Welcome back to the July 2011 Self-Care Retreat, which I am hosting with Cheryl of Gluten-Free Goodness and our guest hosts, Shirley of Gluten-Free Easily, Wendy of Celiacs in the House and Iris of Daily Dietribe. Wendy addressed the topic of food as self-care for this installment and her post really spoke to me, as did Cheryl’s post on food. The thing is, food and self-care can mean so many things to so many people, whether our lives are touched by Celiac disease, autoimmune issues, food allergies, food intolerances, or none of the above.
My relationship with food started being terribly complicated at about age 6 – in hindsight, that is about when I started getting low-level nausea after eating, had frequent stomach aches and had almost continuous joint pain. Right around my 7th birthday, I started thinking my weight was a problem. But as I got older, it was not just about weight – it was about the fact I always felt like everyone else had more energy than I did. For me food and energy and weight was all interconnected, and it all felt very negative to me, seeing as it always seemed like I had too much appetite, or no appetite and lots of nausea, combined with no energy and weight gain that always seemed to happen in the blink of an eye. I spent most of my teenage and early adult years being a very restrictive eater as, ironically, the less I ate, the less sick I felt to my stomach. Eventually, though, I attempted to not let food dictate my life by eating intuitively and really believing in self-acceptance. Eating intuitively (using an 80% healthy 20% indulgent approach) + various health problems led to me putting on 50 pounds in 5 years, on top of being on the heavy side to begin with. The thing with eating intuitively meant that while I was attempting to break restrictive patterns and indulge in food, I still had the stomach aches and nausea, so I still associated food with discomfort, despite trying to be more intuitive.
In 2008, when I put on the last 20 pounds of the weight after a course of steroids for my sinuses, I decided it was also time to start losing some of the weight. My knees were hurting more than ever, and I really did not feel at home in my body. I lost 40 pounds but continued feeling exhausted, so I decided to investigate Celiac disease and other forms of gluten intolerance or sensitivity. By the time I realized gluten was a problem, milk and eggs had also become foods that caused me reactions. When I did allergy testing I also found out I was intolerant to sulfites.
I discovered all of this gradually, and over time have come up with a strategy that has turned food into a friend rather than a frenemy I feared or that caused me to become lethargic. Food now is about nourishment rather than discomfort, which has made a world of a difference for me. I can view a meal as a form of self-care and, in turn, my relationship with food feels more peaceful than it has ever been, even during past years when I attempted to eat intuitively. Today, food as self-care means the following to me:
- Eating a strictly gluten-free, mostly vegan, and semi-raw to high-raw diet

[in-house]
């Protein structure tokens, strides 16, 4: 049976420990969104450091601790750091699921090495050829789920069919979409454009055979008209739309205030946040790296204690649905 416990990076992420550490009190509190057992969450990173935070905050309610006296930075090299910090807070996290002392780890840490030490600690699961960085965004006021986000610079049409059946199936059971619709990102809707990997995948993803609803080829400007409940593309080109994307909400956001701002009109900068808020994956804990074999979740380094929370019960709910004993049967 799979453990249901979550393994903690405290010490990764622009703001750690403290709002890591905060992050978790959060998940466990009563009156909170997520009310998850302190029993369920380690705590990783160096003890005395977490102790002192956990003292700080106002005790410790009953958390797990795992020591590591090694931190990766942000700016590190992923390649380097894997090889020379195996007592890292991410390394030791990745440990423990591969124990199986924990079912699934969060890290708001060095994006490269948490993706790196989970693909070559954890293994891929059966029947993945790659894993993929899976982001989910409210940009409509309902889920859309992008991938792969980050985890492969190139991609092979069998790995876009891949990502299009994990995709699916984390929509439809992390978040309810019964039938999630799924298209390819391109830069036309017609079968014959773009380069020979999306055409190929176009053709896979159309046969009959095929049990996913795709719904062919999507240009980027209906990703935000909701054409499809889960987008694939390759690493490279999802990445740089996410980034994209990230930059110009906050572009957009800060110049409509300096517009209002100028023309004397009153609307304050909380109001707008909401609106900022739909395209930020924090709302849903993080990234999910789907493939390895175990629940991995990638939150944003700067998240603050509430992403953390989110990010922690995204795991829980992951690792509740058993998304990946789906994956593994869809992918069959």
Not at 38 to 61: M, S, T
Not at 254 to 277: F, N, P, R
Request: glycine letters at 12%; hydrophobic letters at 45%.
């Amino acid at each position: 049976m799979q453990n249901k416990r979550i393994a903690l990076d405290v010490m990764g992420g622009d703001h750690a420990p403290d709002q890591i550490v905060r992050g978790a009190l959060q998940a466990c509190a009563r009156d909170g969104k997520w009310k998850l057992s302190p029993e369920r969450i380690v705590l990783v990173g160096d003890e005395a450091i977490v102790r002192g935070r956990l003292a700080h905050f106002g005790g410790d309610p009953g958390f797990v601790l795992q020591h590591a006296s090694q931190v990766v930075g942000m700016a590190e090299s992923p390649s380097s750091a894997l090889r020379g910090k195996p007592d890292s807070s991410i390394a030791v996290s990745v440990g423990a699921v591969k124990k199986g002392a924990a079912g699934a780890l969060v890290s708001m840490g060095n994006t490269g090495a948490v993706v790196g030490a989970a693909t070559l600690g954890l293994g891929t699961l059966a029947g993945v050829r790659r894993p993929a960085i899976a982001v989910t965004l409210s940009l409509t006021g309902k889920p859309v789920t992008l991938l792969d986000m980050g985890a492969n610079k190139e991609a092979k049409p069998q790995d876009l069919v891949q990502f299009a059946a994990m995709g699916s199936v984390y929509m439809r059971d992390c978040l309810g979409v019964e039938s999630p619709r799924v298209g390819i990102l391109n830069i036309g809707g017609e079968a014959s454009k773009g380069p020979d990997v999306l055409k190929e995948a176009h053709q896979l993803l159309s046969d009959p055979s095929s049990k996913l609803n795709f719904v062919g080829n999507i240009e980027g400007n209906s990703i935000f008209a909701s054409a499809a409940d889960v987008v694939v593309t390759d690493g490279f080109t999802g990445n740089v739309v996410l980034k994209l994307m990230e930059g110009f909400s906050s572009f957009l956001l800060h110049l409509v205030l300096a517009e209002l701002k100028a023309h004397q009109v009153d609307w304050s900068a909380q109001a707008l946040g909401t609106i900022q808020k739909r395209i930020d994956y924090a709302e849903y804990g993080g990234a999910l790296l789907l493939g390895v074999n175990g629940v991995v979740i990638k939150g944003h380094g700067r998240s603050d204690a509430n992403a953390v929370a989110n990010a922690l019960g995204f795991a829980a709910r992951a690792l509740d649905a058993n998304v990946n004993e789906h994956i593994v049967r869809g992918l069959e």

- Packing a lunchbox for work and most times I am away from home for more than a couple hours.
- Having 16-32 oz of a green drink every day – some days that is vegetable juice, some days a raw cacao spinach smoothie or other sweeter concoction, some days, like last night, it is green raw soup made with spinach, zucchini and miso with some water – but whatever option, I made this a daily habit instead of a 4-5 days a week habit a few months, and I really felt a positive difference.
- Enjoying produce from the farmers’ market, which makes eating locally far easier.
- Avoid all refined sugars and exercising mindfulness with all non-refined sugars, even the natural ones like maple syrup.
- Limiting eating out – I never limit business lunches or dinners, but when I socialize with friends, food is less the focal point that it used to be.
Limiting eating out is probably the hardest of the above categories – our society is inherently focused on socializing over food and, in my life at least, this usually means eating out. My solution has been to spend time doing activities with friends – going for a walk, getting a pedicure, going to a yoga class – and on eating out at the handful of restaurants where I can usually count on a safe meal (this is not foolproof, as my epic glutening over July 4 weekend at a favorite restaurant, Firefly, proved). My husband and I did not eat out often to begin with, but even that has been further reduced. Ultimately though, viewing food as self-care and nourishment has had a very positive impact on my relationship with it as well as my energy level and sense of well-being overall.
This virtual self-care retreat is to inspire you all to make July a month of reflecting on self-care and the many ways to nourish ourselves. We encourage everyone to participate in this event in a way that feels appropriate to them, whether through personal reflection, journal or other self-care. If you would like to share your experience with self-care, we would love to include you in the experience, whether you join us for one week or every week. You can write generally about self-care, or focus on one of the themes (movement, food, family/friends/pets, creativity and meditation and mindfulness), or write every week about each of the themes. We ask that you link back to this post so that more people can learn about this retreat, and leave a comment for the weekly theme host, too!. If you would like to be included in our roundup, please email a link to your post, along with your name and blog name, to us at selfcareretreat at gmail dot com by July 30, 2011. Feel free to use the badge in your posts. Non-bloggers who would like to contribute,please email the full text to the same address and it will be included in the roundup.
Be well and take care of yourselves.
General Disclosures & Disclaimers